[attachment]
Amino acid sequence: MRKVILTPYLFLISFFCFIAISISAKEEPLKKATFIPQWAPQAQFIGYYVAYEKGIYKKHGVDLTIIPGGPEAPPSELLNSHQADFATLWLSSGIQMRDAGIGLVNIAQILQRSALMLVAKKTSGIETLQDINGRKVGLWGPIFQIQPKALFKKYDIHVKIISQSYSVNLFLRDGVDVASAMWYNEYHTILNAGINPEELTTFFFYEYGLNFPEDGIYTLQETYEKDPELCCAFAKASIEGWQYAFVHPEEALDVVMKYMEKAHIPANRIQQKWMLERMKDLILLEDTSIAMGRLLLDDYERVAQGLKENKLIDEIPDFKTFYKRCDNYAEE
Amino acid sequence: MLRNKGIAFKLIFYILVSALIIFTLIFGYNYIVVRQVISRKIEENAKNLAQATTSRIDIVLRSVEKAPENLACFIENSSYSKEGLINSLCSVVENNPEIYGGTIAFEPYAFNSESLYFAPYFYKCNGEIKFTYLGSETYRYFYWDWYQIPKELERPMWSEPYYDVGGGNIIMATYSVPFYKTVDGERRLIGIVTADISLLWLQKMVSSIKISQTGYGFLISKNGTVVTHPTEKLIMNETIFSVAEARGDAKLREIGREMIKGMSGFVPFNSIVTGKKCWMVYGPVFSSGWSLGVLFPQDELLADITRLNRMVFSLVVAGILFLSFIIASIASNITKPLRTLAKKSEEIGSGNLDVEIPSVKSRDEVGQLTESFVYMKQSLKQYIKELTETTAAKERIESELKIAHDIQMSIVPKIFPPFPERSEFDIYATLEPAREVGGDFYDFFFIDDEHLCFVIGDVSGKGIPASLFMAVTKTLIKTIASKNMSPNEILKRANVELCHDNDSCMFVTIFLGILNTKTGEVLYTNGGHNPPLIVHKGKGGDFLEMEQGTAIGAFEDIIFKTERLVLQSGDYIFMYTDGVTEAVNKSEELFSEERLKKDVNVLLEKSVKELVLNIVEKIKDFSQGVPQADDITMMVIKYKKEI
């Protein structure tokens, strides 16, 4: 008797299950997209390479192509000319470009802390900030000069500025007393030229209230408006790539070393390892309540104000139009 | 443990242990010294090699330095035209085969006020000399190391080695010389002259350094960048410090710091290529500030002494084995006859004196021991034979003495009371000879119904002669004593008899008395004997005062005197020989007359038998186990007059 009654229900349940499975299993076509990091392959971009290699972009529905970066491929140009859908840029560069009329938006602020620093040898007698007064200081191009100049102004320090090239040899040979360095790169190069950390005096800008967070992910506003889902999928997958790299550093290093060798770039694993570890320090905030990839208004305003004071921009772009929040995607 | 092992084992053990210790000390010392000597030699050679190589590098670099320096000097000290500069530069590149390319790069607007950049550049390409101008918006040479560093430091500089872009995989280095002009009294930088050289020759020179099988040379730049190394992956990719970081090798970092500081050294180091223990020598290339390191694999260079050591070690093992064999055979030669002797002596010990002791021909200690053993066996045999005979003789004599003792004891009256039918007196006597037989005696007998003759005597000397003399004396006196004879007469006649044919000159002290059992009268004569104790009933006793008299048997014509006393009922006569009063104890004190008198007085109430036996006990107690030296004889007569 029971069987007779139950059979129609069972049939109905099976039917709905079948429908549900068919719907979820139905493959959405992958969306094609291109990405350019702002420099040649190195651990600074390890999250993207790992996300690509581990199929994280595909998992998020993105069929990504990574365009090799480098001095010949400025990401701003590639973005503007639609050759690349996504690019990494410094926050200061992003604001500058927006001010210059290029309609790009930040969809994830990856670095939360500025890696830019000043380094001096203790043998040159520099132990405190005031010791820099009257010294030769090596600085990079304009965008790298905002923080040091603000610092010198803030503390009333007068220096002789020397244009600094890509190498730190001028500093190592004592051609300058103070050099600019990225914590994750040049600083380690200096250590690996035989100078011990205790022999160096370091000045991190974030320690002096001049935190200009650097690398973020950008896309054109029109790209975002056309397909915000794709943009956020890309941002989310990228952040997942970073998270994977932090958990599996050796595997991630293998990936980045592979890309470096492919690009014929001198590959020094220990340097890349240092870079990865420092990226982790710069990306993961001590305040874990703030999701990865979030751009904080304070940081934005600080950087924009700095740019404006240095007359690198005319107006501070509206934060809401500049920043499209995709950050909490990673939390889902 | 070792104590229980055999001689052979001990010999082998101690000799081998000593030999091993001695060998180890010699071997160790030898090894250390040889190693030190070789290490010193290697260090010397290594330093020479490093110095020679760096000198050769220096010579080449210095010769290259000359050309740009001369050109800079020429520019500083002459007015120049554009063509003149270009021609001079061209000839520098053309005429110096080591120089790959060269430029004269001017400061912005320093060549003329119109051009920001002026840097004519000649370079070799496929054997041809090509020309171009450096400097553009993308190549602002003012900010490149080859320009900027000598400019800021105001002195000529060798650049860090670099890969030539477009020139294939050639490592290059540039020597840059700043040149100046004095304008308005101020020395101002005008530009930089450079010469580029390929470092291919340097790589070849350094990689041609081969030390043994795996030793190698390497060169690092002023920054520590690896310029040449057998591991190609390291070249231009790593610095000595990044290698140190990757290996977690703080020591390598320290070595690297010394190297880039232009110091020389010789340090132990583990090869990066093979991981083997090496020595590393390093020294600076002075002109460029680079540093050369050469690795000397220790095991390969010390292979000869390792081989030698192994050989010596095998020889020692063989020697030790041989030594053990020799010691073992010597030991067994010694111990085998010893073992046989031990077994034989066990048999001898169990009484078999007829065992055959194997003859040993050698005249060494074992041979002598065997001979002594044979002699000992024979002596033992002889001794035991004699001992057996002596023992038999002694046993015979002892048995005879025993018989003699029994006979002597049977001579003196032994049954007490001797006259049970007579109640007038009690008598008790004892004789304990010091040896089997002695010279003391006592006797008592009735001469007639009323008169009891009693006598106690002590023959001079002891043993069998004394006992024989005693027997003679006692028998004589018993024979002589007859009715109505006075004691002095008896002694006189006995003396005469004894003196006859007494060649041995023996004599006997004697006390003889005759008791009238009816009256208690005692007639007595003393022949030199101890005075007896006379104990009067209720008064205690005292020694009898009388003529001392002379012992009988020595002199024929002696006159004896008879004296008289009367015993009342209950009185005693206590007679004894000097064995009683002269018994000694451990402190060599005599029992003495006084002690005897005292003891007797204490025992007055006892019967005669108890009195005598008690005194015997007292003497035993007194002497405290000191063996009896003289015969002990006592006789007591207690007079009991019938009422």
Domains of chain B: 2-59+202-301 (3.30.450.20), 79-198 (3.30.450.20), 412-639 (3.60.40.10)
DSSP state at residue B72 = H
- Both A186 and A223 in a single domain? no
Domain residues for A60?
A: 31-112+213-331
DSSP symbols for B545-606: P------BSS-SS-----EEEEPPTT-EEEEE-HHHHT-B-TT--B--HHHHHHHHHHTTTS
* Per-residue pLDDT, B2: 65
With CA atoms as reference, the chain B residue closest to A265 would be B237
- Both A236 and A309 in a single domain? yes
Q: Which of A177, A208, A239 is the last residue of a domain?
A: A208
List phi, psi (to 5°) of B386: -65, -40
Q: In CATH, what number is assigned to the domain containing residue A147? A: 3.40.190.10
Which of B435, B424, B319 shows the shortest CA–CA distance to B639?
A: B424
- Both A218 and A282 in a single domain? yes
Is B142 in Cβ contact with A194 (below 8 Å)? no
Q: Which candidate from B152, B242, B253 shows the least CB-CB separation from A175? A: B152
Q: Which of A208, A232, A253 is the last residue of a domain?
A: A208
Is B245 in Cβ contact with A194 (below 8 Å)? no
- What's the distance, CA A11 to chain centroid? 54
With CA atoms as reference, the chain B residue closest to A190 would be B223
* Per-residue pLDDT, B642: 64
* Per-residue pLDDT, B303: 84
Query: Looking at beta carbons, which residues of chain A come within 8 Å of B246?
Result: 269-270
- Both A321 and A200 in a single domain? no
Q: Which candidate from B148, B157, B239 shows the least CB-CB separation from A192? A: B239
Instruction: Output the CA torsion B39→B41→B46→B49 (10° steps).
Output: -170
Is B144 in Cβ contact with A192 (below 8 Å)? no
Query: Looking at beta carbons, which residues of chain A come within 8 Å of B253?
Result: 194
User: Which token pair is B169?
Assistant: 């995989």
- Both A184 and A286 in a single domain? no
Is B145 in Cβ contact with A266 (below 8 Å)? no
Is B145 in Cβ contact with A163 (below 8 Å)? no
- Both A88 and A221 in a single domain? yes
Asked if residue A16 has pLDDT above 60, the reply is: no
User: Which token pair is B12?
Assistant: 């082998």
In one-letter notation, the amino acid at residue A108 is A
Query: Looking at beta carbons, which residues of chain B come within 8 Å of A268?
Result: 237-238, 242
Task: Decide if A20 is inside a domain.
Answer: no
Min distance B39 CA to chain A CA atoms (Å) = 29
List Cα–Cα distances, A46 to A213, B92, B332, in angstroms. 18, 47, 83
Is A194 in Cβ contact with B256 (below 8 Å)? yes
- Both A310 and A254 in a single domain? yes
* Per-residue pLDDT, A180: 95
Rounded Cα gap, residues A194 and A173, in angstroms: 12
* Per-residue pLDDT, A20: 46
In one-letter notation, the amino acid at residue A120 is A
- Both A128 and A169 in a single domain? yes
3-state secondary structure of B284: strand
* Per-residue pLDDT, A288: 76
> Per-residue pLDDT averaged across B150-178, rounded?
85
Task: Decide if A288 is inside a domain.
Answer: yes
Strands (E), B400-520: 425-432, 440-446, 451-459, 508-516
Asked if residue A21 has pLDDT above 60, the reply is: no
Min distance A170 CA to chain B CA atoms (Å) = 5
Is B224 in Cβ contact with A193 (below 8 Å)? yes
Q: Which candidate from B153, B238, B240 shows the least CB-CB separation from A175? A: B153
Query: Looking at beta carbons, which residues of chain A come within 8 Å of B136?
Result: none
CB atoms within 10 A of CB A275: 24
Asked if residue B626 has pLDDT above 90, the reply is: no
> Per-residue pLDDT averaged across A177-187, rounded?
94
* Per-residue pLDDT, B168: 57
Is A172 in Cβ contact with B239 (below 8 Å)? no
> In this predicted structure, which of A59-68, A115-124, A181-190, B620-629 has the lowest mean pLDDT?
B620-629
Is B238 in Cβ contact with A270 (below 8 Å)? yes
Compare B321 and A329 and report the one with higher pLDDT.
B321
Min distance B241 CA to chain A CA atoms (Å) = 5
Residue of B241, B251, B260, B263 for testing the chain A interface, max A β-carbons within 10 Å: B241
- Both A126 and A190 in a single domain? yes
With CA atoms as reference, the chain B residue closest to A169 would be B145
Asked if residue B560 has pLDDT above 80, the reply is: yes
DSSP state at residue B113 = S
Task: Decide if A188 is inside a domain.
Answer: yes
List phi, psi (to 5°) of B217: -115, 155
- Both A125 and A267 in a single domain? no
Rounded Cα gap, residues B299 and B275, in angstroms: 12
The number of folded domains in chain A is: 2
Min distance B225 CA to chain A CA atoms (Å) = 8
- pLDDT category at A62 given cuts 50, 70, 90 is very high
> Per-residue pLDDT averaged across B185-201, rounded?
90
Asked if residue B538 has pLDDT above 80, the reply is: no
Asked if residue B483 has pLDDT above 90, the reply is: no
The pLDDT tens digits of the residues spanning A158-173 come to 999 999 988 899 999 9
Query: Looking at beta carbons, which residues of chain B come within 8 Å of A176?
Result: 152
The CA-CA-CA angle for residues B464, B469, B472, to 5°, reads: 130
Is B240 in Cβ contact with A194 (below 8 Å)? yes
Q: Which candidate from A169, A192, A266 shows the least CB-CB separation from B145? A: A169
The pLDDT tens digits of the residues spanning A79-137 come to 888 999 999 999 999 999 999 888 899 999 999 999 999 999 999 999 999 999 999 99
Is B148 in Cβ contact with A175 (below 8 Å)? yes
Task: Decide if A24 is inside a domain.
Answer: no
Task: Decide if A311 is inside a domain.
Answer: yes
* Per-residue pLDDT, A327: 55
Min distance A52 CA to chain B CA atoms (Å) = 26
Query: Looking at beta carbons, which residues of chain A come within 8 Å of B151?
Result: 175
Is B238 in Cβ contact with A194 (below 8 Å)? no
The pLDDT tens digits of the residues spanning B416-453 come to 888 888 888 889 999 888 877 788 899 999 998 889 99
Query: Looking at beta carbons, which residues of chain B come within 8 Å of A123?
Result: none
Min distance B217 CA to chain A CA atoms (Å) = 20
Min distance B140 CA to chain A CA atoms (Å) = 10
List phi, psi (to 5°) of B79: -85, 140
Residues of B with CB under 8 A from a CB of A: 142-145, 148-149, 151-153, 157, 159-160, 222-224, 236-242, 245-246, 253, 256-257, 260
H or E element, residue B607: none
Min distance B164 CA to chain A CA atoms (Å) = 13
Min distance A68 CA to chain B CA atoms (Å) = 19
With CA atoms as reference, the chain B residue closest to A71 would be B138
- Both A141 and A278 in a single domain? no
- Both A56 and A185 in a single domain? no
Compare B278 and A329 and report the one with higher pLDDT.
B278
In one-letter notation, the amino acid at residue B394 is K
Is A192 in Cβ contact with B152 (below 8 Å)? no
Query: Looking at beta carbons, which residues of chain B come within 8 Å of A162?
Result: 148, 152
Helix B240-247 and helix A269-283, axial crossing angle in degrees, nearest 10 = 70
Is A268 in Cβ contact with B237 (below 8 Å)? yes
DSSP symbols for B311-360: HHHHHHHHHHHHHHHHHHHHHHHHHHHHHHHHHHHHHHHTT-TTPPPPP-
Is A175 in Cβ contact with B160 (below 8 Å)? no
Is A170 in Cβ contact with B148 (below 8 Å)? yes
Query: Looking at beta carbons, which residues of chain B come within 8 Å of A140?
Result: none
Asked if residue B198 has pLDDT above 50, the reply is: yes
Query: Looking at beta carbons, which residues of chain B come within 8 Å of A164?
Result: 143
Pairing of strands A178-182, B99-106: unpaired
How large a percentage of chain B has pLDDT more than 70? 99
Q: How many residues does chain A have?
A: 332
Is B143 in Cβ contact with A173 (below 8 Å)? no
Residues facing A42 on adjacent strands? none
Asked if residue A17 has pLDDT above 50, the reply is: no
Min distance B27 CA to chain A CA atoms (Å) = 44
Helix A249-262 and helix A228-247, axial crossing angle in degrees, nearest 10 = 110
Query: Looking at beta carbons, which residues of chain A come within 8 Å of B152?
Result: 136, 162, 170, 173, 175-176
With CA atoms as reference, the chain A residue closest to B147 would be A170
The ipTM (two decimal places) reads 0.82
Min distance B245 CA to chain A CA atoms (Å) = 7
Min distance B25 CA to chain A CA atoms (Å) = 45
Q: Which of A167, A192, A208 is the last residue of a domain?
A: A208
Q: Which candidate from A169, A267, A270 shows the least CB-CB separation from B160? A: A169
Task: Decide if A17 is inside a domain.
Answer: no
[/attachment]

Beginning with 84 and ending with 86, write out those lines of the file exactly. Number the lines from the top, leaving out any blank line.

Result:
B321
Min distance B241 CA to chain A CA atoms (Å) = 5
Residue of B241, B251, B260, B263 for testing the chain A interface, max A β-carbons within 10 Å: B241